Having participated in a DMZ Eco-Tour not long ago, and with a newly acquired and growing interest in Korean birds, I couldn’t resist visiting Suncheon Bay for a day for a little bird watching.
Suncheon Bay, is located right in the middle of South Korea’s south coast, in the province of Jeollanam-do. The bay is quite easy to get to. One can travel to Suncheon by train or bus from every major Korean city. After arriving in Suncheon, there is a short city bus ride to the bay.
Suncheon Bay has partly been turned into an Eco-tourism park. So you will find a small education center targeting Korean speaking children with a 2,000 Won entrance fee, a boat tour of the bay for 4,000 Won, and a boardwalk which one can walk on through the reed beds while observing nature.
Suncheon Bay is a protected wetland because it is a site where endangered migratory birds pass through as well as being an ecologically diverse tidal flat. This location has been selected by the Ramsar Convention, an international wetlands protection organization, as an internationally important wetland.
The endangered migratory birds pass through Suncheon Bay in the winter months, so if you want to see them, you need to plan a trip from November through January. Suncheon hosts a festival called the Suncheon Bay Reeds Festival which will be held from October 17-24 in 2009.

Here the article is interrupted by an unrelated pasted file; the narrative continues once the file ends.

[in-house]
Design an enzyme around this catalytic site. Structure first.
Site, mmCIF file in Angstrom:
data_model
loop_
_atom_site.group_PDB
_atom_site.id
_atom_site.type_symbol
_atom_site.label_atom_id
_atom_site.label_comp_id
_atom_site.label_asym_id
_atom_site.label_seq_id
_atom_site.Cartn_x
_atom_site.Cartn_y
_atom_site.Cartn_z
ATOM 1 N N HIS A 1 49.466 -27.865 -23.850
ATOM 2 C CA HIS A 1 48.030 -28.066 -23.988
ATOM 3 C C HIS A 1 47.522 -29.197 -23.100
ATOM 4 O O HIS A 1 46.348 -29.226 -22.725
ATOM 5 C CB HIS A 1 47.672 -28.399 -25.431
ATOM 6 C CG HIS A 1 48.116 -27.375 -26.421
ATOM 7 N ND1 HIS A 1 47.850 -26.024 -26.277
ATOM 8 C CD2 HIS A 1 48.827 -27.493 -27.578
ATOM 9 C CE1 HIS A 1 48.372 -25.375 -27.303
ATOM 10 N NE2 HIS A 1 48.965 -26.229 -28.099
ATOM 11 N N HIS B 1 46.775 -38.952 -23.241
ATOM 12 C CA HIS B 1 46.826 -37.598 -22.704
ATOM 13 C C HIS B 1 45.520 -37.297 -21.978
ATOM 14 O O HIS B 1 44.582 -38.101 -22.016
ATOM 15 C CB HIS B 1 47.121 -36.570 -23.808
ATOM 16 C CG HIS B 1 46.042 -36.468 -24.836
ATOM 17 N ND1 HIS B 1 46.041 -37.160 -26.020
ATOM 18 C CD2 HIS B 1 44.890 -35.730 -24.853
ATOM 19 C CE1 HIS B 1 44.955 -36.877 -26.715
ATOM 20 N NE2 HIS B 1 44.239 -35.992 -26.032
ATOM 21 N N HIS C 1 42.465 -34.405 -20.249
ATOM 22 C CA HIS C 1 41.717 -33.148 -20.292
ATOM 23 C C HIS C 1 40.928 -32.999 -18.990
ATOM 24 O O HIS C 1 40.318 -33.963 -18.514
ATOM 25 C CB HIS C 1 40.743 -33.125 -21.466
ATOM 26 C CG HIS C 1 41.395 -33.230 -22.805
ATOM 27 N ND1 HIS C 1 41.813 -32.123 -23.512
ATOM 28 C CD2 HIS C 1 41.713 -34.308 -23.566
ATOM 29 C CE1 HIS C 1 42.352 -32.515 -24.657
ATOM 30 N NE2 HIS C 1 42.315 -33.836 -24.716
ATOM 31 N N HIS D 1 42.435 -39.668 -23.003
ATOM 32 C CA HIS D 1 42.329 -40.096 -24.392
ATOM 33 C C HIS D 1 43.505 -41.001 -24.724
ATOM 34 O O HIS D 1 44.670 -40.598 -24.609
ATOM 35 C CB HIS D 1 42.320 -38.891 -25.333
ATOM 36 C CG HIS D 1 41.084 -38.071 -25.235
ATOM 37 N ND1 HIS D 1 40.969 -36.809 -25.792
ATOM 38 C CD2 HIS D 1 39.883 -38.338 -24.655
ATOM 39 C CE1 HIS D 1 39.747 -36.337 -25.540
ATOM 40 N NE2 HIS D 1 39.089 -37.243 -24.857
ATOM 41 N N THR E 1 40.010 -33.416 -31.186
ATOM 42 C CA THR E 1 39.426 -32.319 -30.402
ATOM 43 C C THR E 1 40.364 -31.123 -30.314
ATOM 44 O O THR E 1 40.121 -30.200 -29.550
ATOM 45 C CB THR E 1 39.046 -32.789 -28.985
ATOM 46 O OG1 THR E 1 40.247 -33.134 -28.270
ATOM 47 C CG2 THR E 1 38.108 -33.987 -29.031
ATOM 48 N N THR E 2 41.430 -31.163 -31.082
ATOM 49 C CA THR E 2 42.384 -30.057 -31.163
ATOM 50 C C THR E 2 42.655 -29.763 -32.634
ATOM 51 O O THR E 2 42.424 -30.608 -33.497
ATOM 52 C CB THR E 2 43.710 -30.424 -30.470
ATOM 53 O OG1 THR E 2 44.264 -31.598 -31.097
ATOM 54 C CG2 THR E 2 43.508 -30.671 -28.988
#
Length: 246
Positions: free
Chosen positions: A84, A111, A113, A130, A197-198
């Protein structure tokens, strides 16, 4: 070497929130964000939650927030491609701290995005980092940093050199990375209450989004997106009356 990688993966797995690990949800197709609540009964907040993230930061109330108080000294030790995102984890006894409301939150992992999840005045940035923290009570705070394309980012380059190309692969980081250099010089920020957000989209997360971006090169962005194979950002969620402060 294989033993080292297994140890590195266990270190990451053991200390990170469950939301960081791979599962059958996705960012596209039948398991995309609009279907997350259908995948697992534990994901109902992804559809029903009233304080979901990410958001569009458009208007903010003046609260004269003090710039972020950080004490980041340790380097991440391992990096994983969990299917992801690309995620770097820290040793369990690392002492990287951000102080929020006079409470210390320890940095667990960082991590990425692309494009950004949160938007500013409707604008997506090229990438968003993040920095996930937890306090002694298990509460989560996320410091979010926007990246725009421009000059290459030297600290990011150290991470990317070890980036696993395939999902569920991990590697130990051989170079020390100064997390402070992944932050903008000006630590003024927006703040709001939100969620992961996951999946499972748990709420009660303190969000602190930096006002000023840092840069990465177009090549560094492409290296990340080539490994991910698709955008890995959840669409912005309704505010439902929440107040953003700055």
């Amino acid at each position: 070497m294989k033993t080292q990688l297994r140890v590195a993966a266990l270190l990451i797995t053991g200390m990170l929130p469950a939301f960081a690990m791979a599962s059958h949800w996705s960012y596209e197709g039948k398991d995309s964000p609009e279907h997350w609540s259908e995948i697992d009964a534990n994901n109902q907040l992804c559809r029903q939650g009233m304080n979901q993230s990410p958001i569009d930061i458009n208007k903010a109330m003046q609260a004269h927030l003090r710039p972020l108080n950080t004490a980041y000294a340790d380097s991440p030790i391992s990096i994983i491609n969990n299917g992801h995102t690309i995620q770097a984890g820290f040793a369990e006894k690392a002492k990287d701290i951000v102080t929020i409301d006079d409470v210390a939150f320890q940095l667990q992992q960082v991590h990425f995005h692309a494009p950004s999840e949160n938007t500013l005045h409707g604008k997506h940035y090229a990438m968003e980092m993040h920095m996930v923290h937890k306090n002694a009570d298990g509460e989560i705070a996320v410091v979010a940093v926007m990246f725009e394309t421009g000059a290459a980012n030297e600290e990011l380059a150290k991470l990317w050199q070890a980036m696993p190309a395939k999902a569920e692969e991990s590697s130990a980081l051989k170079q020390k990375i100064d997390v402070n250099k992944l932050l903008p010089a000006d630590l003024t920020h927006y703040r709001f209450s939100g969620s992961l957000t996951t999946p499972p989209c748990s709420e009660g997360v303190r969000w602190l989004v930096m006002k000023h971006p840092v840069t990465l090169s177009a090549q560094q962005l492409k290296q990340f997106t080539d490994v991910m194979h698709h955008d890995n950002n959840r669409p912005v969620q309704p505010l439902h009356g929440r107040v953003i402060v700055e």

On this trip, I walked along the boardwalk through the reed beds and then took the boat tour. In the reed beds you can see small birds perched atop the reeds or look down at the mud and see crabs and other creatures. On the boat tour, you are taken out to the middle of the bay and on the way you have a chance to see more birds and the beautiful scenery.
There is a small mountain with a trail that leads to an observation point. From there you can see out over a portion of the bay. It’s a short hike, but has a steep climb.
Sitting at my desk and looking back, I can recommend a trip to Suncheon Bay if you are interested in experiencing a unique natural environment or are interested in bird watching. This particular trip was my second in 2009 (both single-day trips) and I plan to return during the winter for two full days for the chance to see and photograph endangered birds.